An old Jewish folktale set in Afghanistan tests the faith and character of both a wealthy shah and a poor man.
In old Kabul, the good shah leaves his lavish home disguised as a servant to discover whether the people of his country are “sad or happy, rich or poor, foolish or wise.” In the poorest part of town, he encounters a young Jewish couple happily welcoming the Sabbath. Impressed with their attitude despite their humble circumstances, the shah questions the man’s livelihood and decides to secretly challenge his never-failing faith by creating a series of decrees that will hamper the man’s ability to earn “puli,” or money. Each time, though, the former shoemaker succeeds in finding new work as a water carrier, woodcutter and royal guard. When, as a guard, the young Jew is made royal executioner and must cut off the head of a thief, both faith and wit save the day, and the shah finally understands the Jew’s true ability to wisely carve out his path in life. Detailed, gently humorous paintings reflect the colorful richness of the Afghani traditional rugs, robes and turbans set against sandy mountainous backdrops.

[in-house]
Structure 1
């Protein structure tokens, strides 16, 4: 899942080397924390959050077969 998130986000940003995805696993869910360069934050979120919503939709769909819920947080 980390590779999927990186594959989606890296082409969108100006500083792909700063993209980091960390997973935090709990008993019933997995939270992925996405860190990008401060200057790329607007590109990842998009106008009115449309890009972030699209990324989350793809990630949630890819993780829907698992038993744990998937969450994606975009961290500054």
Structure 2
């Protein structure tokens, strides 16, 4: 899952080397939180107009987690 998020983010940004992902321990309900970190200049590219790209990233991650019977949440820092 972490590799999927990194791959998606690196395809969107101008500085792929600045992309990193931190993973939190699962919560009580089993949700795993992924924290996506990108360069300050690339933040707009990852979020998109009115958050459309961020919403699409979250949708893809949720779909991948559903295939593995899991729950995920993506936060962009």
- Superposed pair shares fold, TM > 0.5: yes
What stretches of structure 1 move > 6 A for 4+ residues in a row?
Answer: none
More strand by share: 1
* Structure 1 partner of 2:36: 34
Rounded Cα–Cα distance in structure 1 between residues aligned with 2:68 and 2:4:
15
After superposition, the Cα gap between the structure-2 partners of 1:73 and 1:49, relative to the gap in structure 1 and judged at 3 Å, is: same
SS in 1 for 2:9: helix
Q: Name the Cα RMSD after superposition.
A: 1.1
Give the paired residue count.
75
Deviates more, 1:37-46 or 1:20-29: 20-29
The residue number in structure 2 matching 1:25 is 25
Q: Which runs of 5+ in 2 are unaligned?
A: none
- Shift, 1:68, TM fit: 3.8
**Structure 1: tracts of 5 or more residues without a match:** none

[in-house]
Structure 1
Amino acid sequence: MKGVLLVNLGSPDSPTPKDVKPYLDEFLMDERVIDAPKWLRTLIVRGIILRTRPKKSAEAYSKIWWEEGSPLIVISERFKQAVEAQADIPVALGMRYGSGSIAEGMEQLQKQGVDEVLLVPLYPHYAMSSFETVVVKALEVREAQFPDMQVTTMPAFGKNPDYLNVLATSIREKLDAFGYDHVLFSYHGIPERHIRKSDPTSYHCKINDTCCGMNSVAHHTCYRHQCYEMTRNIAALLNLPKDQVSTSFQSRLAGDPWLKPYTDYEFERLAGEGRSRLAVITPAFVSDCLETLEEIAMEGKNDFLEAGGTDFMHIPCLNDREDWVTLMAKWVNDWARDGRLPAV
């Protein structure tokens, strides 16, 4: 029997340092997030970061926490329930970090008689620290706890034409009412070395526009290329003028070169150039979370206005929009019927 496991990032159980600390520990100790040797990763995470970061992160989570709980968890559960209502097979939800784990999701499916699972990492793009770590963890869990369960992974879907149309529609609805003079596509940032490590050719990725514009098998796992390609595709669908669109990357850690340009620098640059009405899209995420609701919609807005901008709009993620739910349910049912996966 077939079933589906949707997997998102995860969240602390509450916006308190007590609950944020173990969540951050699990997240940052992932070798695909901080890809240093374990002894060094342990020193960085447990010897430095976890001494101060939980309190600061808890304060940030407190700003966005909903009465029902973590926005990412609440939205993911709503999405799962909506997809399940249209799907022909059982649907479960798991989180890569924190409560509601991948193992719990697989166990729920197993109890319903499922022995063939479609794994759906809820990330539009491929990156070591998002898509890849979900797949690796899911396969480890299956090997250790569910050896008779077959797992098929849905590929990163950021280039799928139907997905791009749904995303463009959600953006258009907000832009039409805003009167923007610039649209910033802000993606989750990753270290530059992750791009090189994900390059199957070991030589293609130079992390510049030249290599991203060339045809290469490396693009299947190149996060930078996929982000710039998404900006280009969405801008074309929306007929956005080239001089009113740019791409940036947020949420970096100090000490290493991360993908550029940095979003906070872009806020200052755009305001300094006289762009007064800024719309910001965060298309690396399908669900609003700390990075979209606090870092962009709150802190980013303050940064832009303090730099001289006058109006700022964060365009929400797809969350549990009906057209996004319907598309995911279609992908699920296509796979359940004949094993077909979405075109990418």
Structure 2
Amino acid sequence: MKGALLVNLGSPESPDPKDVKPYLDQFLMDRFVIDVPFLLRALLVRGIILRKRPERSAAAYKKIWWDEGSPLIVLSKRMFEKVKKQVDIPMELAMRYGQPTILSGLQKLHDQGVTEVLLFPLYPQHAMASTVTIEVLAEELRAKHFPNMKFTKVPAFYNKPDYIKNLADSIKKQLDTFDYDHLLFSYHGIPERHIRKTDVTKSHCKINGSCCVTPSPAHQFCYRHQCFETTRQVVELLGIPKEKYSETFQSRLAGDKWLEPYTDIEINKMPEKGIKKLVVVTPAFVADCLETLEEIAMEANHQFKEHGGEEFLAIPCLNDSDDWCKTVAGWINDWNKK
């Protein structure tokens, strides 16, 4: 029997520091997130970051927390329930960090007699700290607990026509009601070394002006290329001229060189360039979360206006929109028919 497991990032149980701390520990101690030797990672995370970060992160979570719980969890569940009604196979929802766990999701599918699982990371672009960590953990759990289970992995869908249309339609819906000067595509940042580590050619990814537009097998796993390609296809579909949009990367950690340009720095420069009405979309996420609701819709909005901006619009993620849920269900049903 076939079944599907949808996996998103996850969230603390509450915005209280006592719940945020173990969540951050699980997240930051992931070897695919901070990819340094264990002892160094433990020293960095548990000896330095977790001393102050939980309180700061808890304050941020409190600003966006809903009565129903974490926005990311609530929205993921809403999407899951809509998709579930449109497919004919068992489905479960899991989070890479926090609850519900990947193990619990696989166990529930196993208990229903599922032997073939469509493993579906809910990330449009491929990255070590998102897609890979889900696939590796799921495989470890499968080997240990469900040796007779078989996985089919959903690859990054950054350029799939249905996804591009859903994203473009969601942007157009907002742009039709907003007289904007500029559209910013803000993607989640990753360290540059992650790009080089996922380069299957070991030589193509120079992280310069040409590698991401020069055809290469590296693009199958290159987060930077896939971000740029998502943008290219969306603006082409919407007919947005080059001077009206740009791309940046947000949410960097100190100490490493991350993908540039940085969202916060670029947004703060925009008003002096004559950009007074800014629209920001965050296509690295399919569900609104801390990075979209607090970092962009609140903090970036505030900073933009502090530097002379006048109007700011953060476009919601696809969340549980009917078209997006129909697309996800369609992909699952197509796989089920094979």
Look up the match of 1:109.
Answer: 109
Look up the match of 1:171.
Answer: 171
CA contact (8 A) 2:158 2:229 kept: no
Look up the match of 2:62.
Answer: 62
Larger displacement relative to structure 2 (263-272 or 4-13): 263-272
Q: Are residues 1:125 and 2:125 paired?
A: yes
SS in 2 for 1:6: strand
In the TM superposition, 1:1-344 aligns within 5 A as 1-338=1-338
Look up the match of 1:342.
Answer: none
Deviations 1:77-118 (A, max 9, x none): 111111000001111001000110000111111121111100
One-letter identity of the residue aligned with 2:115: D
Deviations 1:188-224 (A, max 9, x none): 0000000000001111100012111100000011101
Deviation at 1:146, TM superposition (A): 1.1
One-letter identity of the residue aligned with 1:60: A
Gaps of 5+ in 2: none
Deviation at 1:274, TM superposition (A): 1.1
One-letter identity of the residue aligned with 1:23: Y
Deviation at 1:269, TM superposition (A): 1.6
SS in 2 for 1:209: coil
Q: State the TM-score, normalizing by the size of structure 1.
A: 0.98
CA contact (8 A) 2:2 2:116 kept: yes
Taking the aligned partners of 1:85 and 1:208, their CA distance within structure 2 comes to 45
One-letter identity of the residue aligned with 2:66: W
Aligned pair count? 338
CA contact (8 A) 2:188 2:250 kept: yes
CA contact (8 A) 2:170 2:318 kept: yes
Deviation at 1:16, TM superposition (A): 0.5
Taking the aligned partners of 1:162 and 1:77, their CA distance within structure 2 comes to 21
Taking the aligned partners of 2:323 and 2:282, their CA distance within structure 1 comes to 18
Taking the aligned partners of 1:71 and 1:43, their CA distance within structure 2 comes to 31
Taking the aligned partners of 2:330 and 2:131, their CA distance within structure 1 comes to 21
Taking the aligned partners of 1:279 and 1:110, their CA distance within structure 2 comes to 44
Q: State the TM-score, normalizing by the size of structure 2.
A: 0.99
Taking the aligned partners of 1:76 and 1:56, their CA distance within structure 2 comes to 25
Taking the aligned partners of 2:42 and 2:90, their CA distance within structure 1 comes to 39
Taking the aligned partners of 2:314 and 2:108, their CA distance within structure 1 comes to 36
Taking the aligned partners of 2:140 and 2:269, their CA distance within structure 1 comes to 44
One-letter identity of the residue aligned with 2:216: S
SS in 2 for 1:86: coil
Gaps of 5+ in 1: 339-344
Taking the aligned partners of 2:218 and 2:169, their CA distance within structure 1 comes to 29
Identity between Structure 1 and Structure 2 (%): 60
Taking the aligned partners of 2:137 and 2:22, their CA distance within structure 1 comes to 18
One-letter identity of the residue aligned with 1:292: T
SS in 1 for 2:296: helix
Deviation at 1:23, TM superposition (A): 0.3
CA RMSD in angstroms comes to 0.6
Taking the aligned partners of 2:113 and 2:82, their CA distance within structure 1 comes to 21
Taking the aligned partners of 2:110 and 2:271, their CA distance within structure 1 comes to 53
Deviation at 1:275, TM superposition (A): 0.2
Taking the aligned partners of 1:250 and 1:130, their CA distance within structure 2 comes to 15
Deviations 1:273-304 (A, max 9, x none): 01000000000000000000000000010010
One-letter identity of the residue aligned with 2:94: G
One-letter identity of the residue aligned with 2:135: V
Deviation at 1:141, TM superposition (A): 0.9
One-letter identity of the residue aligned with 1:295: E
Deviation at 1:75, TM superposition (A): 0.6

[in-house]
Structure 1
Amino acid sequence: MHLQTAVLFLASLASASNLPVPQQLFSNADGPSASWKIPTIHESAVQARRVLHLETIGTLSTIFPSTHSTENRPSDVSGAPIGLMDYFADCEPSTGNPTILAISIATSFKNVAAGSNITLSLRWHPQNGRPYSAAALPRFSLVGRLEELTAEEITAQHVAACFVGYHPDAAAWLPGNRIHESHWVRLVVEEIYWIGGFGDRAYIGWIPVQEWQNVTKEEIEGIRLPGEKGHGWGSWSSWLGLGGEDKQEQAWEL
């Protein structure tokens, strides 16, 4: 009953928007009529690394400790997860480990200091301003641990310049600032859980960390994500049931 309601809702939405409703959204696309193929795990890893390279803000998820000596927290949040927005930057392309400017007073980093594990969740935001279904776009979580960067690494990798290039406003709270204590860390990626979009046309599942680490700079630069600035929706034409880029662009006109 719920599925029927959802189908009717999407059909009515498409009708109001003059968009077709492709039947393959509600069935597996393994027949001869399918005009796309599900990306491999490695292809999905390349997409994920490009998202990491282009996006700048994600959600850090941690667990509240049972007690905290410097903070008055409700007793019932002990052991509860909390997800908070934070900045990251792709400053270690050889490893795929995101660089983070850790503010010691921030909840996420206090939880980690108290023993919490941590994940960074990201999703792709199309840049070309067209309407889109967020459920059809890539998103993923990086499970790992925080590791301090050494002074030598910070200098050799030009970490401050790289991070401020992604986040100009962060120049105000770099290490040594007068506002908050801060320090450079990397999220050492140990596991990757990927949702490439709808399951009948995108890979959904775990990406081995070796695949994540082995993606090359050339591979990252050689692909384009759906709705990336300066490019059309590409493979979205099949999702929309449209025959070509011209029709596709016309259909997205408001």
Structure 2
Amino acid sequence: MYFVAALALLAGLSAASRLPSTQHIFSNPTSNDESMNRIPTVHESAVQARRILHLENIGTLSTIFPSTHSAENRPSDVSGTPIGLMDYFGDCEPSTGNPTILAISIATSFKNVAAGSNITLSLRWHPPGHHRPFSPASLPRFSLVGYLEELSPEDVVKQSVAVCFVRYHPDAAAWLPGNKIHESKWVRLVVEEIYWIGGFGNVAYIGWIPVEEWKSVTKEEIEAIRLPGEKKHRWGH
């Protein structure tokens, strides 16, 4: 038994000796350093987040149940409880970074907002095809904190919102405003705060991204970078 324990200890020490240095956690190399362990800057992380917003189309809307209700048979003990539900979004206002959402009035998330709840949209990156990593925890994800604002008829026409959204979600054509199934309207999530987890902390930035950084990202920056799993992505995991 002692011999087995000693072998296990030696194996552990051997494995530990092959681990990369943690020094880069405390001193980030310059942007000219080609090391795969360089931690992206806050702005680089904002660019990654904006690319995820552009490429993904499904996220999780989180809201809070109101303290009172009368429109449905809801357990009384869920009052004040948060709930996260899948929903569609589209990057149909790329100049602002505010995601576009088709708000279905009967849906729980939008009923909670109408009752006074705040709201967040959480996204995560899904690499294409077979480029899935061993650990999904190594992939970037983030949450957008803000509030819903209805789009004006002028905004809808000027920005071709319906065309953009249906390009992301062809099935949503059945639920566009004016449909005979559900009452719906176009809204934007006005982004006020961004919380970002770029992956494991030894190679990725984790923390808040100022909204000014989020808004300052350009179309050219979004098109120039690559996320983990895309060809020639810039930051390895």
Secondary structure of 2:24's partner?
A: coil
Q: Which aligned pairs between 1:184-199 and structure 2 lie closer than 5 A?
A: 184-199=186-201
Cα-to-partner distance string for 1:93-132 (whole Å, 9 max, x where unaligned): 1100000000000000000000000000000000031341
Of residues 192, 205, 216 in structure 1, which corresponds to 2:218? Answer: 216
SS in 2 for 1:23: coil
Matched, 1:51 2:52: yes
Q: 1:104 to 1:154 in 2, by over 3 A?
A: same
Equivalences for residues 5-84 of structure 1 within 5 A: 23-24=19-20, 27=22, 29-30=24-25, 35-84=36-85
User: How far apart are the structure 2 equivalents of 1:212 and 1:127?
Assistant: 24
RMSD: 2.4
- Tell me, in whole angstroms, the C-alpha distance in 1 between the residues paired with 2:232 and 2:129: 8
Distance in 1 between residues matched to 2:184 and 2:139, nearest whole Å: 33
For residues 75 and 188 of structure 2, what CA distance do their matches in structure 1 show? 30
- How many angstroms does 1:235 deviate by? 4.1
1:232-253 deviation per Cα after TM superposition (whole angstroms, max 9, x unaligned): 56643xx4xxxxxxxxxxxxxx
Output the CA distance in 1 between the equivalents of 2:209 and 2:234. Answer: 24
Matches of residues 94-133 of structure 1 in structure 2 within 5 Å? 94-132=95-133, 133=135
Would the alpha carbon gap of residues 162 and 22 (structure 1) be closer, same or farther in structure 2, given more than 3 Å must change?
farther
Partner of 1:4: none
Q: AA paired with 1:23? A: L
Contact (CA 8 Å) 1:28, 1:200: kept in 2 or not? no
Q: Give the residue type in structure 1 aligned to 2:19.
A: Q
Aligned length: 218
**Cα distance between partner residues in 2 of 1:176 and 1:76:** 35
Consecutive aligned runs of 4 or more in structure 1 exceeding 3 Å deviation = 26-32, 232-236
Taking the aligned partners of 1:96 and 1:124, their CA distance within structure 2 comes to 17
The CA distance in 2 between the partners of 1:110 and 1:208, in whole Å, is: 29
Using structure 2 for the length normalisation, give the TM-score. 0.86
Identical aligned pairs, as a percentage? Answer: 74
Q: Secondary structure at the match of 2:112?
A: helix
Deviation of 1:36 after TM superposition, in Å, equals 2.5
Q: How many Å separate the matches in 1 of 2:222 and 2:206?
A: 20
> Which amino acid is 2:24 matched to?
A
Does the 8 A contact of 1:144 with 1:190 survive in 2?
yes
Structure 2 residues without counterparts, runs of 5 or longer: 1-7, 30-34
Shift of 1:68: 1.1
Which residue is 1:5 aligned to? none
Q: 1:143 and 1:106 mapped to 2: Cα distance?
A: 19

This tale of perseverance and confidence is told with well-researched authenticity and offers a positive view of this war-torn nation. (author’s note) (Folktale. 5-8)